Terrace Outlets and Farm Drainageways Page: II
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W HEN PIONEER American farmers cleared forest
lands or plowed native sod in order to secure
land for the production of farm crops they removed
nature's protective covering from many of the natural
depressions that collected the run-off from their fields
and conveyed it to streams and rivers. Destructive
bullying of farm land began in these unprotected
( rainageways. Conservation farming necessitates
the repair or rebuilding of these damaged drainage-
ways and the construction of new outlets to dispose
safely of the run-off discharged from terraces, diver-
sion ditches, and other erosion-control measures that
are now used extensively.
This bulletin is a compilation of the best informa-
tion now available for farmers on the construction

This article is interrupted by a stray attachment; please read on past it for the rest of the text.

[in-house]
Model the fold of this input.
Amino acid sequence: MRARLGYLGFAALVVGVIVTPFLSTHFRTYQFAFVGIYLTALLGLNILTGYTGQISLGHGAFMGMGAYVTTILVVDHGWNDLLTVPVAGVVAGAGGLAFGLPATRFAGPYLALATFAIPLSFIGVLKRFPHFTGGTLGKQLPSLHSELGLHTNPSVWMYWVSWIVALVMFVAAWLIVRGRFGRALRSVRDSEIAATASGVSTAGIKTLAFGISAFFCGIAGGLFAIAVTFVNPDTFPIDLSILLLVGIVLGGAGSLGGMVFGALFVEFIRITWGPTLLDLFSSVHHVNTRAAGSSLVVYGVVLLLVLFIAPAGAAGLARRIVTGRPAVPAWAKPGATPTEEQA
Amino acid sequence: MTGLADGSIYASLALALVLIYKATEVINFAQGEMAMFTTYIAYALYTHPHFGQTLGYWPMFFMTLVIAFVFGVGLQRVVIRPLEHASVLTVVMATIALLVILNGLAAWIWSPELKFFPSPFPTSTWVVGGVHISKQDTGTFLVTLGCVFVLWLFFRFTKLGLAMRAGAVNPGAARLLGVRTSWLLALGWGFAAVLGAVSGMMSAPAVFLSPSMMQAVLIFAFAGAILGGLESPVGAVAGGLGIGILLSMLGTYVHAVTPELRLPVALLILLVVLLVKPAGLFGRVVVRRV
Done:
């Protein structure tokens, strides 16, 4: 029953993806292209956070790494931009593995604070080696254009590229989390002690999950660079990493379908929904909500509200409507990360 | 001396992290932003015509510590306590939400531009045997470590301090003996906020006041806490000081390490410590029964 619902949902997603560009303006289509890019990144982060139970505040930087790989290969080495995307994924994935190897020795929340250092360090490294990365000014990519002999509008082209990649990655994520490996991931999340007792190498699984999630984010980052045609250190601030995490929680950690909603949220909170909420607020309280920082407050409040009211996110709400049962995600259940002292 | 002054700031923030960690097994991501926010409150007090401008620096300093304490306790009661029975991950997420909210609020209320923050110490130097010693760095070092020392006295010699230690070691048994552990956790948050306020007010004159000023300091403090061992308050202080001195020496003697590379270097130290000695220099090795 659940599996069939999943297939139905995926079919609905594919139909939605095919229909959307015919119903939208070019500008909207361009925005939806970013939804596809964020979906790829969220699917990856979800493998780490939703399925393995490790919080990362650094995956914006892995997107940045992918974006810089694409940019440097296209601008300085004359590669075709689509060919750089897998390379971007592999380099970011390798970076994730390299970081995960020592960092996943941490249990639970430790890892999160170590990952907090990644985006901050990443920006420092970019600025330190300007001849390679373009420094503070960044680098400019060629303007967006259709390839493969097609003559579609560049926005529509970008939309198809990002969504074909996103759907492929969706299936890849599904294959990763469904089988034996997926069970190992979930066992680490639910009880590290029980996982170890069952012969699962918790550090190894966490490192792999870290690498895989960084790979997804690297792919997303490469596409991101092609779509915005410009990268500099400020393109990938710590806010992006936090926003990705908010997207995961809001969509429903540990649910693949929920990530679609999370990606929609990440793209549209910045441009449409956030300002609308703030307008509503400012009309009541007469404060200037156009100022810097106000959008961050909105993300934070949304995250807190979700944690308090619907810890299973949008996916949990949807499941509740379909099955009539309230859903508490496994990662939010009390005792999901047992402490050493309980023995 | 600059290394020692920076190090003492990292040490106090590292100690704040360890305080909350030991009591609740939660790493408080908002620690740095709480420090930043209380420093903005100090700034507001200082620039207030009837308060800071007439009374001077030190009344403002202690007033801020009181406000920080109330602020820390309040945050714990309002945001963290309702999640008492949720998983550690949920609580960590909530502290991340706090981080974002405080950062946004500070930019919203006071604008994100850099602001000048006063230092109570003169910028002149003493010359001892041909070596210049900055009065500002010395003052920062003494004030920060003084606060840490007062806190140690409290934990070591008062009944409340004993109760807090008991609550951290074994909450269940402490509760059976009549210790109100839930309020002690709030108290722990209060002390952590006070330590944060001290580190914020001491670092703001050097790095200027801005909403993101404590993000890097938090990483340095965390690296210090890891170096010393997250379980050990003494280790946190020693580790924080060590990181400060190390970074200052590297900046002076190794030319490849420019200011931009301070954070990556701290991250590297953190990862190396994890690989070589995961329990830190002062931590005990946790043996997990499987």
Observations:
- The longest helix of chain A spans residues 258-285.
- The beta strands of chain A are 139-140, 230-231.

and use of terrace outlets and the protection, im-
provement, and maintenance of other sloping drain-
ageways. The term "drainageways" as used in this
bulletin refers primarily to channels of surface drain-
age in the upper reaches of watersheds or in unit
drainage basins. "Outlet" is a more restricted term
and refers only to drainageways that are provided to
receive and convey the discharge from the ends of
The scope of this material is limited to surface run-
off-disposal measures required in upland or rolling
terrain where slopes are steep enough to cause
channel erosion. It does not cover surface drainage
or underdrainage of flatlands where natural drainage
Washington, D. C. Issued July 1939
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Hamilton, C. L. Terrace Outlets and Farm Drainageways, pamphlet, 1939; Washington D.C.. (digital.library.unt.edu/ark:/67531/metadc97276/m1/2/: accessed December 18, 2018), University of North Texas Libraries, Digital Library, digital.library.unt.edu; crediting UNT Libraries Government Documents Department.